COVID-19 has some older workers rethinking retirement
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The economic outlook right now is uncertain, if not outright grim. A lot of groups are experiencing the financial consequences of the coronavirus pandemic differently, including older workers.
Lynne Lippmann is a clinical research specialist in St. Louis. Because of the pandemic, the university where she works needs to cut costs. Some people were furloughed, and Lippmann will have her hours reduced by half.
“When they cut the hours, one of the things we discussed was transitioning that over the next few months to retirement,” Lippman said. She’s 70 and was already planning to retire later this year. “It’s sort of just speeded up the process a little bit.”
People 55 or older make up about 1 in 4 workers in the labor force today. And, so far, they’ve experienced fewer job losses compared to their younger counterparts.
“Historically, older workers have been less likely to lose their jobs than younger workers,” said Richard Johnson, director of the program on retirement policy at the Urban Institute. “Older workers have more seniority that does tend to protect them.”
That’s the good news for older workers, but Johnson said when they do lose their jobs, “their unemployment durations are very long.” Johnson said during the Great Recession, people 62 or older who were laid off were much less likely than younger workers to ever get another job.
And that created another trend.
“There was a huge spike in 2008 and 2009 in people claiming their Social Security benefits early, right at 62, or just whenever that job happened to disappear,” said Matt Rutledge, a fellow at the Center for Retirement Research at Boston College.
Meaning people chose to take a smaller Social Security check for the rest of their lives rather than face months or years of potentially fruitless job searching.
And Rutledge expects another big surge in workers forced into retirement this year. Today, those that still have their jobs can find that even carefully planned retirement strategies may need revising given all the market turmoil.
“When they see their accounts fall down in value, it’s something that they really worry about whether or not they’re going to be able to retire the way they want or whether or not they can stay retired,” said David Amann, a financial adviser with Edward Jones.
So he’s checking in and reviewing plans.
“Asking them how much longer would we have to work in order to live the retirement we want, or what sacrifices would we have to make to retire now,” he said.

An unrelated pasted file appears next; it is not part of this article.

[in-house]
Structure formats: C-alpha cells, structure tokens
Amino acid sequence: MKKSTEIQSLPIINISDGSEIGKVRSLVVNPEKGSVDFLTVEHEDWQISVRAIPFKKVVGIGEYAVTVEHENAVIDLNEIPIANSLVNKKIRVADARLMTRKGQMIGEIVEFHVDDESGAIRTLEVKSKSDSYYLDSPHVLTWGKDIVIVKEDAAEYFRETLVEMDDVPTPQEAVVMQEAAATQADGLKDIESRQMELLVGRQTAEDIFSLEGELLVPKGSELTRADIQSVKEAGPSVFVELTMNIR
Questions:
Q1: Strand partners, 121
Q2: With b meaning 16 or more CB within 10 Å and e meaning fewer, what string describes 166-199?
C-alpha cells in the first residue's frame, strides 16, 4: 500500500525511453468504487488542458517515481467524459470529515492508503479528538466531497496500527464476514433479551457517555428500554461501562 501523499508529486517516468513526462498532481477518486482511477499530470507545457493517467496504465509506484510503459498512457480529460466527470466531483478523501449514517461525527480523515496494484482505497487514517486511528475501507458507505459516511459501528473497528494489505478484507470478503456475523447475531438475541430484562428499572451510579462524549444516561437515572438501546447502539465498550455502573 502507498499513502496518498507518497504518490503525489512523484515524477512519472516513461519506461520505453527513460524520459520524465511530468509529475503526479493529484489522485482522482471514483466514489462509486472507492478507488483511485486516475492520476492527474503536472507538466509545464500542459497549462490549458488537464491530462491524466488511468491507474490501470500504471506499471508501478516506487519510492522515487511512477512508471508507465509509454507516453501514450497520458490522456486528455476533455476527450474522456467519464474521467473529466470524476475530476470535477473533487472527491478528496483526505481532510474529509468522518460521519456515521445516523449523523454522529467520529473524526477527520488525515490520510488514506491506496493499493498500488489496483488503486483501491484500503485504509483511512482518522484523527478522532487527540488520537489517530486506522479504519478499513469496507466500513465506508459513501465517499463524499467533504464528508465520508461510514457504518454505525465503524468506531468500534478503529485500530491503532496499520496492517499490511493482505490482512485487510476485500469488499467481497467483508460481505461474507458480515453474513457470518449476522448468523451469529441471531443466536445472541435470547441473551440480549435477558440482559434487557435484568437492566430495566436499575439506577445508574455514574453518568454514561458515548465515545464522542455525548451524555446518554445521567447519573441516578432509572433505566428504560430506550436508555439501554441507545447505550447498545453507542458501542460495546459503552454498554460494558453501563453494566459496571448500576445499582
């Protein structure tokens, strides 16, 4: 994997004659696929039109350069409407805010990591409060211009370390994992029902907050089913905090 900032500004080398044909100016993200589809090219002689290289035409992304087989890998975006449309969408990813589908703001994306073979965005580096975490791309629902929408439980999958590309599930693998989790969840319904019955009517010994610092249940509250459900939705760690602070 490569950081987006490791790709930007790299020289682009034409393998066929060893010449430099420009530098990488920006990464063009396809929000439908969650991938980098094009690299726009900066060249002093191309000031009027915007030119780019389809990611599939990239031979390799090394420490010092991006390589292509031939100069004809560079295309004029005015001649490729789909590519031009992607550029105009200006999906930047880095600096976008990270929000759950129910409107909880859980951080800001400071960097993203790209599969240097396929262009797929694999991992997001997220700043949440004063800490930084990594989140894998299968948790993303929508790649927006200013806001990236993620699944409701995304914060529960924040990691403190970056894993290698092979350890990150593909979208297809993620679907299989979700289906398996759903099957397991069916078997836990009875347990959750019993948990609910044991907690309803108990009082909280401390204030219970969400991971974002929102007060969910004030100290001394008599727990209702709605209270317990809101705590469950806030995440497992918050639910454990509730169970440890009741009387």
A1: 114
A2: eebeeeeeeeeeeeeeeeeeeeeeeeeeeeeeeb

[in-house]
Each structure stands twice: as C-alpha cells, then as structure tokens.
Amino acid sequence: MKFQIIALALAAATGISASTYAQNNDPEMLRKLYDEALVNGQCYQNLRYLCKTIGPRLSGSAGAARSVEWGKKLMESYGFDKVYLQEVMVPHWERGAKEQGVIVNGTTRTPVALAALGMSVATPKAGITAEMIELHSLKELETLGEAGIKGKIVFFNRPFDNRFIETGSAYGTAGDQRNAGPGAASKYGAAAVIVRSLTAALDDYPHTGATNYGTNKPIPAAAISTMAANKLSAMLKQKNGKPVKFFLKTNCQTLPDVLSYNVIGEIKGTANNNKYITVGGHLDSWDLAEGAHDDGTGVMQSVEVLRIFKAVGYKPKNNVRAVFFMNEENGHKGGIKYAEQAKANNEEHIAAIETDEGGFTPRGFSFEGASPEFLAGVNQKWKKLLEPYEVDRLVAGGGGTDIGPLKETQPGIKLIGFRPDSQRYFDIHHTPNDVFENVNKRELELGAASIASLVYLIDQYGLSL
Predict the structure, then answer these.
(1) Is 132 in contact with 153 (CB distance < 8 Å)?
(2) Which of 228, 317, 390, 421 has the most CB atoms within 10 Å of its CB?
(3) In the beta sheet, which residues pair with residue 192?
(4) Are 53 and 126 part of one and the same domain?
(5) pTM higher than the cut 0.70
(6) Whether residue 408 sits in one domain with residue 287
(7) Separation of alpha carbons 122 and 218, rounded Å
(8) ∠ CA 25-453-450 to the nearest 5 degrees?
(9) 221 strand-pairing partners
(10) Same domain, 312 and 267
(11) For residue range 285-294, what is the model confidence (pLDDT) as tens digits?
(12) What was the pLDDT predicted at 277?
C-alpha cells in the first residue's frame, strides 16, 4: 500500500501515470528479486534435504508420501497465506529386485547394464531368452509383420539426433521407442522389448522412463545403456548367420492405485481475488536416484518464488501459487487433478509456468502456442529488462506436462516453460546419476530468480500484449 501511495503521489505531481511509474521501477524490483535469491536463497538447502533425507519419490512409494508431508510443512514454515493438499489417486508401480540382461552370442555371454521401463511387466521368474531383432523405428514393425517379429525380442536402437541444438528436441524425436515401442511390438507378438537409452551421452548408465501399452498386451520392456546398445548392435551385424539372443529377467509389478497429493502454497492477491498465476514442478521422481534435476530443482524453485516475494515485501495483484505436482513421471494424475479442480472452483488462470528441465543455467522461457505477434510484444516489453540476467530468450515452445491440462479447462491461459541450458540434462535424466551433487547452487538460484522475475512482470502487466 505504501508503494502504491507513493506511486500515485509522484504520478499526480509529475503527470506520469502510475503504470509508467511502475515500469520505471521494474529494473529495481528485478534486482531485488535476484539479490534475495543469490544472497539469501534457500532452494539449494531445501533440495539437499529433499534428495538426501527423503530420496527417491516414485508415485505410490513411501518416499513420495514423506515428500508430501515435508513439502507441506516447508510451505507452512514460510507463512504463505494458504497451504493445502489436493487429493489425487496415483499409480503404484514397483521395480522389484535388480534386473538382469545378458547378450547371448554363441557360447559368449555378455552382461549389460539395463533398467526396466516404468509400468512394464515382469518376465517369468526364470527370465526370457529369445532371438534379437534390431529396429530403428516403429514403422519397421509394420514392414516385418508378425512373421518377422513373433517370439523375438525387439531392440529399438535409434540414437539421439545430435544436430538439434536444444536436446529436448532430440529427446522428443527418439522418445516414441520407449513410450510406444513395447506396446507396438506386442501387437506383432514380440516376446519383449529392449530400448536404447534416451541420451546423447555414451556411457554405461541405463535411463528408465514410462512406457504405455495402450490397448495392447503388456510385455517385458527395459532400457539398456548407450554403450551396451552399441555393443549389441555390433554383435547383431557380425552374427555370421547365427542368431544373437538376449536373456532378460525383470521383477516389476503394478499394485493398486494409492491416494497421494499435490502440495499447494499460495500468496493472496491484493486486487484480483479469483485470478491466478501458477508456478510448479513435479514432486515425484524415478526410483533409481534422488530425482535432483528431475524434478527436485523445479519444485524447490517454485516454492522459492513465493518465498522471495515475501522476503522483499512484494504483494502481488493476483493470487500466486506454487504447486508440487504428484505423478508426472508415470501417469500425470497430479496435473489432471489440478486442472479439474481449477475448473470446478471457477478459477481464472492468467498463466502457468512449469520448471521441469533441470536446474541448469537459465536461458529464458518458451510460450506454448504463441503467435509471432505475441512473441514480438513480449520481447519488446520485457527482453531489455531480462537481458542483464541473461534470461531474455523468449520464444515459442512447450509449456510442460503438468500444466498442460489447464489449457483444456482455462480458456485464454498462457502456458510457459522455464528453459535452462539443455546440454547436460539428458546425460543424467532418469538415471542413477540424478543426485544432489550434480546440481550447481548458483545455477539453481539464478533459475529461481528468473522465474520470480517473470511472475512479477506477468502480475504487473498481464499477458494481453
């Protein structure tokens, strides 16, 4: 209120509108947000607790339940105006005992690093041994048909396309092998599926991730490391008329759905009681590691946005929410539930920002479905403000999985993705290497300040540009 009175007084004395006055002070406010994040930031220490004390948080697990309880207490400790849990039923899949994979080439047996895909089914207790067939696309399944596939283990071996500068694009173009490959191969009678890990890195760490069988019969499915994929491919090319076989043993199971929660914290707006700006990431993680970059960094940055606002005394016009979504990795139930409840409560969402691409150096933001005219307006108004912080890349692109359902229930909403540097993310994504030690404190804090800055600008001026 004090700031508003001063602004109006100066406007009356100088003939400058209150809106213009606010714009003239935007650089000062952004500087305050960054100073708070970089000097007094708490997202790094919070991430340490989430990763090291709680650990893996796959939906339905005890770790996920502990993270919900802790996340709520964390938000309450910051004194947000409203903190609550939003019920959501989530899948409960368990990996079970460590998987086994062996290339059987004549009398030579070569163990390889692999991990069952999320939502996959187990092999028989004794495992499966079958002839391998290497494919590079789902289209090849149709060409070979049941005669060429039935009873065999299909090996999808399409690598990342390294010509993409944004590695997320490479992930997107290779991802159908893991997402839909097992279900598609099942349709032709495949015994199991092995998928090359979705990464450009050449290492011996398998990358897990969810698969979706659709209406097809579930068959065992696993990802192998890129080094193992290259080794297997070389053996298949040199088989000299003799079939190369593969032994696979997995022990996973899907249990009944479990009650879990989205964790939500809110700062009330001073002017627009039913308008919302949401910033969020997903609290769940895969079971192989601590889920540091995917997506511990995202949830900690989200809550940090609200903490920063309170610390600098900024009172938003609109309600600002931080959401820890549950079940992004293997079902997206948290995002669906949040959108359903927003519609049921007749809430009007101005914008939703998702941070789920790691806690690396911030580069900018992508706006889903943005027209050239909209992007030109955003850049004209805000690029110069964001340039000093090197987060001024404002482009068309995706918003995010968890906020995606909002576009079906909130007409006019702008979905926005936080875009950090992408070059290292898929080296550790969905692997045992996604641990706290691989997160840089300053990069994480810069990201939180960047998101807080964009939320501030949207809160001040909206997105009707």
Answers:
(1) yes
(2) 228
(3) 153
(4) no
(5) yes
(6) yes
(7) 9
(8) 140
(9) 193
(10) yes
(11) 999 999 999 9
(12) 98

He’s encouraging them to make choices while they still have options.
COVID-19 Economy FAQs
Are states ready to roll out COVID-19 vaccines?
Claire Hannan, executive director of the nonprofit Association of Immunization Managers, which represents state health officials, said states have been making good progress in their preparations. And we could have several vaccines pretty soon. But states still need more funding, she said. Hannan doesn’t think a lack of additional funding would hold up distribution initially, but it could cause problems down the road. “It’s really worrisome that Congress may not pass funding or that there’s information circulating saying that states don’t need additional funding,” she said.
How is the service industry dealing with the return of coronavirus restrictions?
Without another round of something like the Paycheck Protection Program, which kept a lot of businesses afloat during the pandemic’s early stages, the outlook is bleak for places like restaurants. Some in the San Francisco Bay Area, for example, only got one week of indoor dining back before cases rose and restrictions went back into effect. Restaurant owners are revamping their business models in an effort to survive while waiting to see if they’ll be able to get more aid.
How are hospitals handling the nationwide surge in COVID-19 cases?
As the pandemic surges and more medical professionals themselves are coming down with COVID, nearly 1 in 5 hospitals in the country report having a critical shortage of staff, according to data from the Department of Health and Human Services. One of the knock-on effects of staff shortages is that people who have other medical needs are being asked to wait.
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